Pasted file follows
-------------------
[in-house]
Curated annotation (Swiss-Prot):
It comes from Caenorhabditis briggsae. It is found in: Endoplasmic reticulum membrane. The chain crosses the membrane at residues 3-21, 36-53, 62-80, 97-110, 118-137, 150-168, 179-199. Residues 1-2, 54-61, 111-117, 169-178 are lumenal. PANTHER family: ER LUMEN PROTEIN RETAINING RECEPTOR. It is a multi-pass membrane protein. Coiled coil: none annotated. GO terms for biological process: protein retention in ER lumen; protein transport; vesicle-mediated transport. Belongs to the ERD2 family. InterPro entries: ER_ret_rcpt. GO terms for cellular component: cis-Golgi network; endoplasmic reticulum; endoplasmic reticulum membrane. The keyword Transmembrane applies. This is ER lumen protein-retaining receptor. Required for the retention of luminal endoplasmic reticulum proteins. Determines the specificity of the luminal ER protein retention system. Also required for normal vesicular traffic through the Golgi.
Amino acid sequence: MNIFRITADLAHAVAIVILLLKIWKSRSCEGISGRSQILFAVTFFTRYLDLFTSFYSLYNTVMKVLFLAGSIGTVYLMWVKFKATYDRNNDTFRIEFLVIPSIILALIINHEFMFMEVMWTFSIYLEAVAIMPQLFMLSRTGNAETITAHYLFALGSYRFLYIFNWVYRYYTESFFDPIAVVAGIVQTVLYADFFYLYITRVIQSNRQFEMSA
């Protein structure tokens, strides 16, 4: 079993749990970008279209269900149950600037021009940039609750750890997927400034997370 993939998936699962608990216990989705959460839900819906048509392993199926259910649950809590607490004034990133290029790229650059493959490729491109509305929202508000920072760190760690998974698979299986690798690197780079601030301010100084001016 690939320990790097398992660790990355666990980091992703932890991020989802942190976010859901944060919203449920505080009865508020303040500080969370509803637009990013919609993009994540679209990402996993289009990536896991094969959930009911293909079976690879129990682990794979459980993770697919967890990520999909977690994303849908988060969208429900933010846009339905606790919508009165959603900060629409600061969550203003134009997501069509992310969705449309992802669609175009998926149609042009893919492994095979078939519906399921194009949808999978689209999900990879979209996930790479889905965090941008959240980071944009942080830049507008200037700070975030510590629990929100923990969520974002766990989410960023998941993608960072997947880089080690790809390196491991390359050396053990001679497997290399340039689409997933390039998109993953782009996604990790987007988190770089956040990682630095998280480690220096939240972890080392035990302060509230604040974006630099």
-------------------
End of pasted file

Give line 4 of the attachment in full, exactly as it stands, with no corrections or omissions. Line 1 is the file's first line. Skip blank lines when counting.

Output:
Amino acid sequence: MNIFRITADLAHAVAIVILLLKIWKSRSCEGISGRSQILFAVTFFTRYLDLFTSFYSLYNTVMKVLFLAGSIGTVYLMWVKFKATYDRNNDTFRIEFLVIPSIILALIINHEFMFMEVMWTFSIYLEAVAIMPQLFMLSRTGNAETITAHYLFALGSYRFLYIFNWVYRYYTESFFDPIAVVAGIVQTVLYADFFYLYITRVIQSNRQFEMSA